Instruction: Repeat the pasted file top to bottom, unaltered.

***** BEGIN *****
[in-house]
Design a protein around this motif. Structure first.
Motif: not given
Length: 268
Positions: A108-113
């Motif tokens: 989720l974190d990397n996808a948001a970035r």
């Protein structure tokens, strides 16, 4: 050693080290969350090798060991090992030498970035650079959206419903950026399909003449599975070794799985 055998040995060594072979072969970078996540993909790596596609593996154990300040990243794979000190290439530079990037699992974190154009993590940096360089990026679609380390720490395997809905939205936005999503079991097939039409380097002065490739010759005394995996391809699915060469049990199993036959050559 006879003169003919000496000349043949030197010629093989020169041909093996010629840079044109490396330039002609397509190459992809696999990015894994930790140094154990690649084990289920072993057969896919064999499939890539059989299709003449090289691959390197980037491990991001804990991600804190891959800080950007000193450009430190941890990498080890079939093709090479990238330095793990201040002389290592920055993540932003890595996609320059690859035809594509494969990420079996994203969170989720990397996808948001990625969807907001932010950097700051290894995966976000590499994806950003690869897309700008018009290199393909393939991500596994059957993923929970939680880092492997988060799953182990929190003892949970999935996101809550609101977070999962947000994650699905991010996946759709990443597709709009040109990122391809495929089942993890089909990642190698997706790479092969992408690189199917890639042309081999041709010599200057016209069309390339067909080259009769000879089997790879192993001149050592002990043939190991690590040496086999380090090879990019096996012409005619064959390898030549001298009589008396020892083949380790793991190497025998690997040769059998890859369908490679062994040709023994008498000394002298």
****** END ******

[in-house]
Design a protein around this motif. Structure first.
Motif: not given
Length: 268
Positions: A108-113
């Motif tokens: 989720l974190d990397n996808a948001a970035r």
């Protein structure tokens, strides 16, 4: 050693080290969350090798060991090992030498970035650079959206419903950026399909003449599975070794799985 055998040995060594072979072969970078996540993909790596596609593996154990300040990243794979000190290439530079990037699992974190154009993590940096360089990026679609380390720490395997809905939205936005999503079991097939039409380097002065490739010759005394995996391809699915060469049990199993036959050559 006879003169003919000496000349043949030197010629093989020169041909093996010629840079044109490396330039002609397509190459992809696999990015894994930790140094154990690649084990289920072993057969896919064999499939890539059989299709003449090289691959390197980037491990991001804990991600804190891959800080950007000193450009430190941890990498080890079939093709090479990238330095793990201040002389290592920055993540932003890595996609320059690859035809594509494969990420079996994203969170989720990397996808948001990625969807907001932010950097700051290894995966976000590499994806950003690869897309700008018009290199393909393939991500596994059957993923929970939680880092492997988060799953182990929190003892949970999935996101809550609101977070999962947000994650699905991010996946759709990443597709709009040109990122391809495929089942993890089909990642190698997706790479092969992408690189199917890639042309081999041709010599200057016209069309390339067909080259009769000879089997790879192993001149050592002990043939190991690590040496086999380090090879990019096996012409005619064959390898030549001298009589008396020892083949380790793991190497025998690997040769059998890859369908490679062994040709023994008498000394002298």